How to File a Patent Application for a New Product or Invention

For many inventors, a patent is one of the most worthwhile investments one can make—the patent laws ensure that anyone who “invents or discovers any new and useful process, machine, manufacture, or composition of matter, or any new and useful improvement thereof, may obtain a patent therefor.” Without a patent, an opposing or competing party may be able to make and profit from your invention. In an effort to prevent this and to protect your inventions, patents are essential.

Is a patent even a possibility?

In order for your invention to qualify for a patent, the invention must not only be new, but it must also be useful and non-obvious. For instance, the United States has a “First-Inventor-to-File” patent system, meaning that the application filing date could control patent rights, regardless of the date of invention. Particularly, at the time of filing the patent application, the invention must not have been (a) publicly disclosed, on sale or in use by anyone other than the inventor, or (b) publicly disclosed, on sale or in use by the inventor for more than one year. In this manner, you should move swiftly and secretly in terms of applying for a patent.

Also keep in mind that “ideas” are generally not patentable, inventions are. For example, the idea for a machine used to sort clothing by color, by itself, may not be patentable, unless you are able to describe how the machine would perform that function. Thus, the patent application must disclose the invention with enough details and specificity such that those skilled in the art are able to make and use the invention.

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The initial steps of understanding where your invention stands within its industry are crucial. Thus, prior to submitting a patent application, a patentability search is often strongly recommended.
For instance, although you are encouraged to survey the market for any similar products that may exist, a patentability search is designed to identify issued U.S. patents and published U.S. patent applications that relate to the invention or that would otherwise impact the ability for you to obtain a patent on your invention. Oftentimes, an invention may be patented, but the product never makes it to the market. For this reason, a patentability search is almost always an important first step.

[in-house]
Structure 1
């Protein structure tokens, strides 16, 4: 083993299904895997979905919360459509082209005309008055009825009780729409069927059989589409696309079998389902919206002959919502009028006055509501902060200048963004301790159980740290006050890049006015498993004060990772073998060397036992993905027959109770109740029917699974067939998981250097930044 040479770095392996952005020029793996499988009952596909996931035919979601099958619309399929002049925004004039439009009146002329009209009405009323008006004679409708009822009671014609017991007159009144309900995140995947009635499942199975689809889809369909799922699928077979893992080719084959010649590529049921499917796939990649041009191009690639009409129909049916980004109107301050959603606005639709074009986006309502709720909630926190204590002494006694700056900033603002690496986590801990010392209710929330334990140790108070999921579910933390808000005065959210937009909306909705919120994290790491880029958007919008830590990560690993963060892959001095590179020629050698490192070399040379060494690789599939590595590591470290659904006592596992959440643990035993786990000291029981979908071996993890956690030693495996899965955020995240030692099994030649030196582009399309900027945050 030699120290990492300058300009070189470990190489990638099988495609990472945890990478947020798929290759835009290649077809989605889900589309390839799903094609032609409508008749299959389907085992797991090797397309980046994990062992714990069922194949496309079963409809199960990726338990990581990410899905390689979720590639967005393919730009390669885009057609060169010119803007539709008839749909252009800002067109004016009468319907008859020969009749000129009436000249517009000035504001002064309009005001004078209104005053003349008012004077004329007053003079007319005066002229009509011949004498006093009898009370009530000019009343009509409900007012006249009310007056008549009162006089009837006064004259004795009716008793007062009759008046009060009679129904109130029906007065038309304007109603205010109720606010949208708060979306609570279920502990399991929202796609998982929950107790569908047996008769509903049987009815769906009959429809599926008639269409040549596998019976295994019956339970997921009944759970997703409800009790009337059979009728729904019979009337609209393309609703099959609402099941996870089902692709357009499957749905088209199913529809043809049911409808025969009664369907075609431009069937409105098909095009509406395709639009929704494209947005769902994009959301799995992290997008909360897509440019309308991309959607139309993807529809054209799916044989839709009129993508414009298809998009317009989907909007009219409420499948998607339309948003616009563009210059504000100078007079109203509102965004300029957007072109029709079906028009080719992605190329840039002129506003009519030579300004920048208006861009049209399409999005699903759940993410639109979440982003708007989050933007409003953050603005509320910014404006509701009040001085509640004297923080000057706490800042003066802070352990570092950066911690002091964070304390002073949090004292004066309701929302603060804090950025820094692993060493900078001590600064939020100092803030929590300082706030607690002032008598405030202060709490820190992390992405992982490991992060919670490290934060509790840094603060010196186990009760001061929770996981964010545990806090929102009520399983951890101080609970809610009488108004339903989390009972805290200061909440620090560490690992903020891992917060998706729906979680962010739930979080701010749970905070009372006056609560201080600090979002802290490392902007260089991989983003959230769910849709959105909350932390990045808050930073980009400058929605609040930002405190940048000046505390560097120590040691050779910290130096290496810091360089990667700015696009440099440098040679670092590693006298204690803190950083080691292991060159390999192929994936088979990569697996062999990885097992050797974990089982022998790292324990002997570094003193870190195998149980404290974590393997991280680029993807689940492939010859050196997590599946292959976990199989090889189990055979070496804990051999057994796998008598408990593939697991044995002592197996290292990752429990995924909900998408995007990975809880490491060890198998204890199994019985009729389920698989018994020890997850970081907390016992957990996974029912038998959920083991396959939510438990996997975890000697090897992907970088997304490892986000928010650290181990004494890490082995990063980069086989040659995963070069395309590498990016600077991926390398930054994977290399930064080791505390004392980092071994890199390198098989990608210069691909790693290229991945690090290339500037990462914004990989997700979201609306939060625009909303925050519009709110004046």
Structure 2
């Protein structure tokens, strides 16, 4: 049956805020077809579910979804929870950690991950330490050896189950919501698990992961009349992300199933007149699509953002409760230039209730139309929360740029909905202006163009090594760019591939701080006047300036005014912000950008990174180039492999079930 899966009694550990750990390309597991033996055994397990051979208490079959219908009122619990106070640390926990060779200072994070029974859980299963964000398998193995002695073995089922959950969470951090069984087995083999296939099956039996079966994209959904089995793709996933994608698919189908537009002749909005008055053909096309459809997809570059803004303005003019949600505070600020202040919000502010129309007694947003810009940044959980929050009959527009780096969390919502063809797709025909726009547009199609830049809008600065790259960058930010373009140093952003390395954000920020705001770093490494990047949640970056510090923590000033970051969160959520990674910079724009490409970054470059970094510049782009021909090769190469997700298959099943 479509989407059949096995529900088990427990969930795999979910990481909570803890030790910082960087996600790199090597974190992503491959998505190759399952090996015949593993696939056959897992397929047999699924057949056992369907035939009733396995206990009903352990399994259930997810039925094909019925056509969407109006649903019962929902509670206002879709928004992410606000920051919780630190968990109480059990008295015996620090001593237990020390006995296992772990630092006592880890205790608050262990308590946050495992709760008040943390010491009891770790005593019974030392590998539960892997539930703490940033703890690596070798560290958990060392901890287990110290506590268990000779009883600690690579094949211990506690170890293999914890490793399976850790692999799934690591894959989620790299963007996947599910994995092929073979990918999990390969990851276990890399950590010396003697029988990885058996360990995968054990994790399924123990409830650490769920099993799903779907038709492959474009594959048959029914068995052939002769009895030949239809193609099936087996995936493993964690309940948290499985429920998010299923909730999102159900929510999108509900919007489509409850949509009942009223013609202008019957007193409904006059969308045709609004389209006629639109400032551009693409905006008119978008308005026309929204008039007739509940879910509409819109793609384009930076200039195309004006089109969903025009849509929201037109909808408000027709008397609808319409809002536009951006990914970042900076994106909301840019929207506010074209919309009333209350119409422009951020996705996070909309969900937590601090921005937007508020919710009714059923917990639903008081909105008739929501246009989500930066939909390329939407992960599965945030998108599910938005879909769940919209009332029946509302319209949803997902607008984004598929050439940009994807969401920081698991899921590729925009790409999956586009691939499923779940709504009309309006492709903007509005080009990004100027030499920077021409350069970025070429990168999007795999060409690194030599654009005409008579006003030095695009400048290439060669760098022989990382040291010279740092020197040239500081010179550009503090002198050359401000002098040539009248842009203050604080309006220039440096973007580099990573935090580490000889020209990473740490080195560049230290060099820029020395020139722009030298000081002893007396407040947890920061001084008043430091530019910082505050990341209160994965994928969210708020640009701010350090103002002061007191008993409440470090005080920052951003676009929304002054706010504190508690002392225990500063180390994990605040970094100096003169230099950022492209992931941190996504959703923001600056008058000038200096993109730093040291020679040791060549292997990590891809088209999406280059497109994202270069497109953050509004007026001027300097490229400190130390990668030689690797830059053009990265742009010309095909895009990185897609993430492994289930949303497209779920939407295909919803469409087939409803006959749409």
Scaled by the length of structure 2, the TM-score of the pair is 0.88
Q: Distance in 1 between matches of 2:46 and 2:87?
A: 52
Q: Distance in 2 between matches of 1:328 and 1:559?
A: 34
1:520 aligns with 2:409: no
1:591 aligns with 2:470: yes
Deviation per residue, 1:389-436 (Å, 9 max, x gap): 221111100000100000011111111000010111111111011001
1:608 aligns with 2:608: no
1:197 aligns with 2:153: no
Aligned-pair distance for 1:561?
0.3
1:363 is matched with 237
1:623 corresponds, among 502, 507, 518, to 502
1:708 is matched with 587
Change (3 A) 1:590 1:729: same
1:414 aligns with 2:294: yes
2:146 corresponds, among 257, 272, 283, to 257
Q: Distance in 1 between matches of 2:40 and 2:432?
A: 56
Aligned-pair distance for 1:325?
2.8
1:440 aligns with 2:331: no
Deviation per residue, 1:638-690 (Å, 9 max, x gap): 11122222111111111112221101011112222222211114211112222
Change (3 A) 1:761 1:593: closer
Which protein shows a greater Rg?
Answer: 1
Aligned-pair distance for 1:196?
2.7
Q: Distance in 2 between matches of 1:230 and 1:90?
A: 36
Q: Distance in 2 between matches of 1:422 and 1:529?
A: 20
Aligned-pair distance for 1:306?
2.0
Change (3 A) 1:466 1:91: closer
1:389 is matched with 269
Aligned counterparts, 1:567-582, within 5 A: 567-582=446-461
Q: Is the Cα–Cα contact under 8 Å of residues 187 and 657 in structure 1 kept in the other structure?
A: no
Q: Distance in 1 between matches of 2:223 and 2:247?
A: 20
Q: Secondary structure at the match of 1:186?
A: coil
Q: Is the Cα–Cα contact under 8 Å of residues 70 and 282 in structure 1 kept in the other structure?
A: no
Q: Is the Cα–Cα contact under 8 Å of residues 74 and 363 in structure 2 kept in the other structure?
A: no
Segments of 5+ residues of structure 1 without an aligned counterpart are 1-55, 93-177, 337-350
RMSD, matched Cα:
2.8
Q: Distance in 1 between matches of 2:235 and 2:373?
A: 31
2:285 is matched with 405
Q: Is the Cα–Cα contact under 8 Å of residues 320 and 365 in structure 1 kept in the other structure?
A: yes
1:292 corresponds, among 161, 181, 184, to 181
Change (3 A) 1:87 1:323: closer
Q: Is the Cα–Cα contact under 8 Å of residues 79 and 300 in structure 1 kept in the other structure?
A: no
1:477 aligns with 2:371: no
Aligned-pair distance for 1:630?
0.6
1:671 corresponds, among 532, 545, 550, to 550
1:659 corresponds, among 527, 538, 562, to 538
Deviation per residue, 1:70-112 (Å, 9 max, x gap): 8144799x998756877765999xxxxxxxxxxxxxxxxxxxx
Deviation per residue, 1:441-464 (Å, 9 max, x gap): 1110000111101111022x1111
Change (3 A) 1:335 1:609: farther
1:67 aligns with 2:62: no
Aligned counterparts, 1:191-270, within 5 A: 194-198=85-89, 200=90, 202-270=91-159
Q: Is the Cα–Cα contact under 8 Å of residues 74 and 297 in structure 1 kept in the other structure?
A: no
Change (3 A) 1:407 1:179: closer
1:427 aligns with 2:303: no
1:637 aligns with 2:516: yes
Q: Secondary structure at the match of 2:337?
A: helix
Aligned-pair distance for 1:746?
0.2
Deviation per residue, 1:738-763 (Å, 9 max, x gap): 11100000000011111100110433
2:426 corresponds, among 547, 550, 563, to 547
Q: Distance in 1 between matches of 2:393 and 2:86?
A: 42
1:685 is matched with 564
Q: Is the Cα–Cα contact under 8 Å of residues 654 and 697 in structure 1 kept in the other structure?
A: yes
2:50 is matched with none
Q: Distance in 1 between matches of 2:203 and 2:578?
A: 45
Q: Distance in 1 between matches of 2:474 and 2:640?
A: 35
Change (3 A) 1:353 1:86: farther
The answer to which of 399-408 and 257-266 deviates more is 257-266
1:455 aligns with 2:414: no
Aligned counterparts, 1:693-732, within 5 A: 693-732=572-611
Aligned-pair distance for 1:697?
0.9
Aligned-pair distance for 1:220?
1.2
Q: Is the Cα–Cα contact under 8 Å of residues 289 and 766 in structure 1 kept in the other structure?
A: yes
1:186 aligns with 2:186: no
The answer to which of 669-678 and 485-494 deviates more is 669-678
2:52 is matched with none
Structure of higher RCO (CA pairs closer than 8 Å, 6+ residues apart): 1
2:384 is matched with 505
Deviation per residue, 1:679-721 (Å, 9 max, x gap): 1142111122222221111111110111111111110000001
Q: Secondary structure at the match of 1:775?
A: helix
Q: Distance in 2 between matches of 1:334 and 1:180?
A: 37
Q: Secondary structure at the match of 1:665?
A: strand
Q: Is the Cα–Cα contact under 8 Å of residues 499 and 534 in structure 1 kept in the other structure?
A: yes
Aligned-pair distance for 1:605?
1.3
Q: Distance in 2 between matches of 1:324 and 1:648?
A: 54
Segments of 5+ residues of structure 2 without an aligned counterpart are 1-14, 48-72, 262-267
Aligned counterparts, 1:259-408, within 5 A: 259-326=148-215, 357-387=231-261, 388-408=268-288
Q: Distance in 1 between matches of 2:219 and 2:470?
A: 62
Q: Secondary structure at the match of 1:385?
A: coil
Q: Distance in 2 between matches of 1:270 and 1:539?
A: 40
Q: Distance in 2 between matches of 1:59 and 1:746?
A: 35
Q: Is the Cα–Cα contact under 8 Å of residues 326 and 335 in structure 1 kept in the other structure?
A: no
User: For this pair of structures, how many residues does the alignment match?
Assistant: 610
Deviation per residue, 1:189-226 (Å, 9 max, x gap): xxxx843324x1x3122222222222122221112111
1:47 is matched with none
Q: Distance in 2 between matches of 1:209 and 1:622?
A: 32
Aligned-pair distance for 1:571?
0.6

Although the USPTO maintains an official patent library in Virginia, many patent searches are now conducted online, for example, through the USPTO’s official online database, as well as through other online resources. There are many different patent searching strategies and techniques, including the use of keywords, searching various U.S. and international patent classes, and following citations provided on similar patent references.

Enlisting the help of a patent lawyer is strongly encouraged to ensure that the search is performed correctly, and to potentially increase the chances of success for your subsequently filed patent application.

What does the patent application process look like?

If the results of the patentability search are favorable, meaning that it appears that at least some portion of the invention may be patentable, then the next step in the process would be to file a U.S. patent application.

There are two main types of patent applications that you might consider, depending on the content of the invention or the aspects of the invention in which you are seeking to protect. Those two main types of patent applications include a design patent application and a utility patent application.

A design patent application is directed solely to the ornamental shape or the aesthetic, non-functional features of your invention, or in other words, how the invention looks. A utility patent application, on the other hand, will seek to protect the functional and/or structural aspects of an invention, or in other words, how the invention works.

There are two options, at least initially, for a utility patent application – a provisional patent application and a non-provisional patent application.

1) A provisional patent application, which holds the applicant’s place for one year with a priority filing date, is an often-overlooked tool that can prove to be exceedingly useful. In some cases, it may be helpful to file a provisional patent application, as it may provide you with additional time to perfect and market the invention with the ‘patent pending’ label for one year.

2) A non-provisional patent application, which is often considered the regular or standard patent application, will be assigned to a Patent Examiner for review upon its filing with the U.S. Patent & Trademark Office. If you opt for the provisional application first, you must file the non-provisional application within one year of the filing date in order to proceed toward examination of the invention.

It is also important to note that the patent application process is lengthy, and it can often take over a year before a first substantive response is received from the USPTO. If the patent application is rejected, you are given an opportunity to respond with an amendment and legal arguments in an effort to convince the examiner otherwise. In order to navigate this process, obtaining professional legal assistance is strongly encouraged.

Benjamin Hanrahan, Esq.

Benjamin Hanrahan, Esq. is a Registered Patent attorney, Board Certified in Intellectual Property Law by the Florida Bar, and recognized by Super Lawyers.

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